We Know Boise Real Estate

What’s the True Cost of Living in Boise, ID?

Posted by Lisa Kohl on Wednesday, January 20th, 2021 at 5:24pm

What is the Cost of Living in Boise, Idaho?

Are you thinking about moving to Boise? You’re not alone. In 2020, the U.S. Census Bureau found that Boise topped the nation in growth in 2019 with a 2.78 percent population increase.

Looking around the Boise metro area, it’s not hard to see why the City of Trees is turning heads. Surrounded by picturesque hills and snow-capped mountains, Boise has an outdoorsy vibe with enough metro-area culture and industry to please almost everyone. Commutes are short, outdoor recreation is plentiful, and amenities like the famous Boise River Greenbelt and expansive city parks have gained nationwide attention.

If you ask a new Boise transplant where they’re from, many of them will list places like southern California, western Oregon and Washington. Californians make up the highest percentage of new residents in Idaho, with newcomers from Washington coming in at the second-highest of overall population influx. If you ask the reasons why they’re moving, you’ll hear the cost of living listed near the top.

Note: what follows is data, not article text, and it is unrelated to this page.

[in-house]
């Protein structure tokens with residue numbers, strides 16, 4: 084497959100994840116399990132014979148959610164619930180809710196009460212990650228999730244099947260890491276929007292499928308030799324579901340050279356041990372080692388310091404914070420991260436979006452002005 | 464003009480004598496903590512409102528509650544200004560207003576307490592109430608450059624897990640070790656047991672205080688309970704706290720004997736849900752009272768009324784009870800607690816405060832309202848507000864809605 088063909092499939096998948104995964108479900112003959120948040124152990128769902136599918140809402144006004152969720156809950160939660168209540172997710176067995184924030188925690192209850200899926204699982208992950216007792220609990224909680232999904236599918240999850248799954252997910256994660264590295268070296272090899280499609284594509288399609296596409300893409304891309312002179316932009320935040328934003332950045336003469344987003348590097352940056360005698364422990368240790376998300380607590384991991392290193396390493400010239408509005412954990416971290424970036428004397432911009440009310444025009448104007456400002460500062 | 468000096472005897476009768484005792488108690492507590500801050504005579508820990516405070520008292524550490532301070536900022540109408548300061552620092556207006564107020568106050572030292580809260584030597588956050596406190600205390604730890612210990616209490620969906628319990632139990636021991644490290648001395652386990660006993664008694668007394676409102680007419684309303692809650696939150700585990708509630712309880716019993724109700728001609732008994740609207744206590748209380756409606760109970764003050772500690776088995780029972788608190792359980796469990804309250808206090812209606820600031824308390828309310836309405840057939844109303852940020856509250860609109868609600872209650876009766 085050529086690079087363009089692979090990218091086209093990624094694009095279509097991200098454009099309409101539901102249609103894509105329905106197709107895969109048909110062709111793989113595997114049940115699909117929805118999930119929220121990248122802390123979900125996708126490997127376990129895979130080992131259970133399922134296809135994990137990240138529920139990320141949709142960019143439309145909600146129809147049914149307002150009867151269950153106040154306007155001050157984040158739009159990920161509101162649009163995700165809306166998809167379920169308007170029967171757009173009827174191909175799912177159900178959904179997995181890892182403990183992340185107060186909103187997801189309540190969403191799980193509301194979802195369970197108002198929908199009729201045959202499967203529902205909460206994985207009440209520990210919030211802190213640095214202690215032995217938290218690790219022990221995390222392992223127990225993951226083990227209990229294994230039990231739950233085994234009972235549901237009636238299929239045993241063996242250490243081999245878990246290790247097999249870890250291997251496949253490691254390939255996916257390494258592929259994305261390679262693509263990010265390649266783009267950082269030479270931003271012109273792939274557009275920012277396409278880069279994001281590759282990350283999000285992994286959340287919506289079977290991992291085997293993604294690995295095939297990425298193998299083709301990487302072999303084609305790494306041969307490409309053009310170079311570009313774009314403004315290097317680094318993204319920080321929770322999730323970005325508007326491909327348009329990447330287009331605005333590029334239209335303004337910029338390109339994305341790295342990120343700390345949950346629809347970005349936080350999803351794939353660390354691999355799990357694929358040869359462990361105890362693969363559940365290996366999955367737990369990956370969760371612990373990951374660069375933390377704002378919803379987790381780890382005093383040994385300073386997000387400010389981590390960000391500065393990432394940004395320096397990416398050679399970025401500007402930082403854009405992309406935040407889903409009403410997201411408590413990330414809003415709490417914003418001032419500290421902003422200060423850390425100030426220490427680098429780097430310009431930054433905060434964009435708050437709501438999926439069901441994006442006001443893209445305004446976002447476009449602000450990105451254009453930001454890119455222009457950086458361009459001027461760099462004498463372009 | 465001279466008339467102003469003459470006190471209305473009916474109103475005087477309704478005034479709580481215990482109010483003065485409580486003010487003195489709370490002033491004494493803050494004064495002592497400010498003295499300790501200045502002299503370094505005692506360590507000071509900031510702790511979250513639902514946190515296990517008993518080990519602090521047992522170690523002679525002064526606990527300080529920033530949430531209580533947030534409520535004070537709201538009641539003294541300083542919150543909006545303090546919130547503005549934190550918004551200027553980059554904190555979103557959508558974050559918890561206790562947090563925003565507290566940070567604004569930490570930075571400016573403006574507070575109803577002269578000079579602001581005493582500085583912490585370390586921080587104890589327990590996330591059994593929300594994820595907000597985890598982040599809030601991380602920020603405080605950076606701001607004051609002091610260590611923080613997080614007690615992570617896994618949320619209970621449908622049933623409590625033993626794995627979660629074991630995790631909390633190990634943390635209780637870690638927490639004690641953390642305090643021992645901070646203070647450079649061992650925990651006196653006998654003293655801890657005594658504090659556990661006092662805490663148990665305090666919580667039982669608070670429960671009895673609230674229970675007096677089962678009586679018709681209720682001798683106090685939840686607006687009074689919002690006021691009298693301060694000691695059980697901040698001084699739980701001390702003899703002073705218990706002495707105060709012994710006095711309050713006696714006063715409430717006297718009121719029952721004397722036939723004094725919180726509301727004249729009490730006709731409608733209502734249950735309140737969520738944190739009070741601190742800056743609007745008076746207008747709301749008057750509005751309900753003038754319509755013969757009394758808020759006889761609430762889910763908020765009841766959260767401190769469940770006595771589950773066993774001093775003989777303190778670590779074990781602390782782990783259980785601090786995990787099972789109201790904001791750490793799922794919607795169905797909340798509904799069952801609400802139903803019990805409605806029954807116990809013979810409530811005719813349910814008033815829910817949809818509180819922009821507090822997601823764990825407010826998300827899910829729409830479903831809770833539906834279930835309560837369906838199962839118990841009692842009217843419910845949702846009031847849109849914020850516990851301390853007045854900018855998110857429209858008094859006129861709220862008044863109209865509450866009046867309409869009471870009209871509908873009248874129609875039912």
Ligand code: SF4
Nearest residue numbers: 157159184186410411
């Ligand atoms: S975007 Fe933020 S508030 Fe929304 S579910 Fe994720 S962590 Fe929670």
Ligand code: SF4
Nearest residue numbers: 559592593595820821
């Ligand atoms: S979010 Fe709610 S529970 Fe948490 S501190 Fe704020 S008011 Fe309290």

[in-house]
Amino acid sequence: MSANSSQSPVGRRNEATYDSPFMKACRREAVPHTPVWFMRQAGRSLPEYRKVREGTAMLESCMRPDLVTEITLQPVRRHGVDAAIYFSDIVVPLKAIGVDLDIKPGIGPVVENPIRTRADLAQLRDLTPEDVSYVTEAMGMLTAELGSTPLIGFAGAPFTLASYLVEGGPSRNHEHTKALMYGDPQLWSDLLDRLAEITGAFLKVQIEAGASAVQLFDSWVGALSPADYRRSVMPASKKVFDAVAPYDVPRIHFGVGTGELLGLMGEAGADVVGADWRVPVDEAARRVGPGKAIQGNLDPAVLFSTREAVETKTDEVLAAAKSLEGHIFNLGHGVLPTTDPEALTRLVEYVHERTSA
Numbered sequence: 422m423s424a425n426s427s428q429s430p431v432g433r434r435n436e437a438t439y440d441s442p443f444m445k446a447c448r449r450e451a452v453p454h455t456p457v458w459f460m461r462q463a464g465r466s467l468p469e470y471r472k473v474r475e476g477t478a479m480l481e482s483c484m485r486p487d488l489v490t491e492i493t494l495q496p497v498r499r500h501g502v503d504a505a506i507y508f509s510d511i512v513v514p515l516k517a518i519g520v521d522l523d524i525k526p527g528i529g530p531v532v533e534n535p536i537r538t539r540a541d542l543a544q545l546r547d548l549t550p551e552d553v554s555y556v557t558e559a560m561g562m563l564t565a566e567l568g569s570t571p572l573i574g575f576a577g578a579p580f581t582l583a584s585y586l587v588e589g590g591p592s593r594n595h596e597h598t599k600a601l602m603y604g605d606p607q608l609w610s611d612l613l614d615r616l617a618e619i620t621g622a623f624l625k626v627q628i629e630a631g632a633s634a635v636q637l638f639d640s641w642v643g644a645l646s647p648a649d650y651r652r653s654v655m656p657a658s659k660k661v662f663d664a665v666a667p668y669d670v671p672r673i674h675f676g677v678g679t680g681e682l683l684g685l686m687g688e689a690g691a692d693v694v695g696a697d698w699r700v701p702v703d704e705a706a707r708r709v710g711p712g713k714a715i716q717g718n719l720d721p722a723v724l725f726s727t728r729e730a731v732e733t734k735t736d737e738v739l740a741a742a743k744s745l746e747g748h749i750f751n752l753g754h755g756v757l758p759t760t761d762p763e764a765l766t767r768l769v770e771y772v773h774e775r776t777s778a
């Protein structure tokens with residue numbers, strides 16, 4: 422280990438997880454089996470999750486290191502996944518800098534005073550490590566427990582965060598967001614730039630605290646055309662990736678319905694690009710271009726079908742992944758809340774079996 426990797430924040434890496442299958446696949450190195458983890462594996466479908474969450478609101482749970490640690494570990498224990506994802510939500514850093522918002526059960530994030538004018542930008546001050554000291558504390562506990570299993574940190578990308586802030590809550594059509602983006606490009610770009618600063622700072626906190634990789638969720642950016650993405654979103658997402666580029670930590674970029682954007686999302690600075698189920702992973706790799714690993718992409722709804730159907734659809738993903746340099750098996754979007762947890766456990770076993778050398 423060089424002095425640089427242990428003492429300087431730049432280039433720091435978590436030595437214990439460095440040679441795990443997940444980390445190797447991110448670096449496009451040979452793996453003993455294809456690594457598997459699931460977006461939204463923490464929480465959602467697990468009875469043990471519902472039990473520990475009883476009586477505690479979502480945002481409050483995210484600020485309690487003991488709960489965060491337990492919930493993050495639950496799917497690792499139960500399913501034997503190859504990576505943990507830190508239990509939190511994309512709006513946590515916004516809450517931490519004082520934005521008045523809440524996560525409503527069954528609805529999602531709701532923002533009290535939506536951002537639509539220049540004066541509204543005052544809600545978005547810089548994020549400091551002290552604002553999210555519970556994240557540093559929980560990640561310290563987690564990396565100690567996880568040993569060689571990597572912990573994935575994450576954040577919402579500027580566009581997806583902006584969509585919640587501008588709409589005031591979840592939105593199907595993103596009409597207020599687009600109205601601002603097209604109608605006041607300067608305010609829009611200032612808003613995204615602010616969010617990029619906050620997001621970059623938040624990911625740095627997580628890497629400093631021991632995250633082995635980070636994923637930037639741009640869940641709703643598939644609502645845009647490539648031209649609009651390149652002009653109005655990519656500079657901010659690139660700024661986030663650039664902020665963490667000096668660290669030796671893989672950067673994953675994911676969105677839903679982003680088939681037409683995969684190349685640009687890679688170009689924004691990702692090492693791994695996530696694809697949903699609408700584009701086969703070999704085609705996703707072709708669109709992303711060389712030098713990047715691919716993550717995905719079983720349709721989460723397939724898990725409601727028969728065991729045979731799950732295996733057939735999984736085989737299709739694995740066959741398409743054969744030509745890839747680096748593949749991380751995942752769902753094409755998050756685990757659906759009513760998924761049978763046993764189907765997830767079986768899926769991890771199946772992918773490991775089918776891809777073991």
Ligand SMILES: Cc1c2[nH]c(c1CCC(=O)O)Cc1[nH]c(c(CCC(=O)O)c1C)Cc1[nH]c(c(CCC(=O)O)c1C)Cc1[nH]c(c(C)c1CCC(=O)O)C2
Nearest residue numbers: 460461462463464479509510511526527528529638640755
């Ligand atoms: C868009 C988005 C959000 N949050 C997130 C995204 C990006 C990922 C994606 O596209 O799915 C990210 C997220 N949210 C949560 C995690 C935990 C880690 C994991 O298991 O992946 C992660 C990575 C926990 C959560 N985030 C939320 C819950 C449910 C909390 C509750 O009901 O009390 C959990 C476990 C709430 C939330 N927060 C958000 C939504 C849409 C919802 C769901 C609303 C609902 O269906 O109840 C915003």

MarketWatch ranked Boise the best, affordable place to live in the U.S. in 2019, pointing to "a much lower cost of living than many larger and comparably sized cities." But what is the real cost of living in Boise? This elusive, ever-changing metric is highly sought after by curious potential homebuyers when they’re considering a move. Boise’s cost of living is known to be low, but how does it stack up against other western population centers like Sacramento, Seattle, and Denver?

Boise's cost of living index compared to other cities

Boise Housing Costs

While it’s true that home and rent prices have soared in the Boise area over the past few years, they still remain significantly lower than other Northwestern population centers. For instance, Boise's current median house costs a homeowner around $400,000, while Seattle's median home price hit $820,000 in October of 2020.

Boise’s home prices have increased by nearly 20% over the past year, but we forecast the Boise market is headed for more balance in the coming months—good news for all potential homebuyers.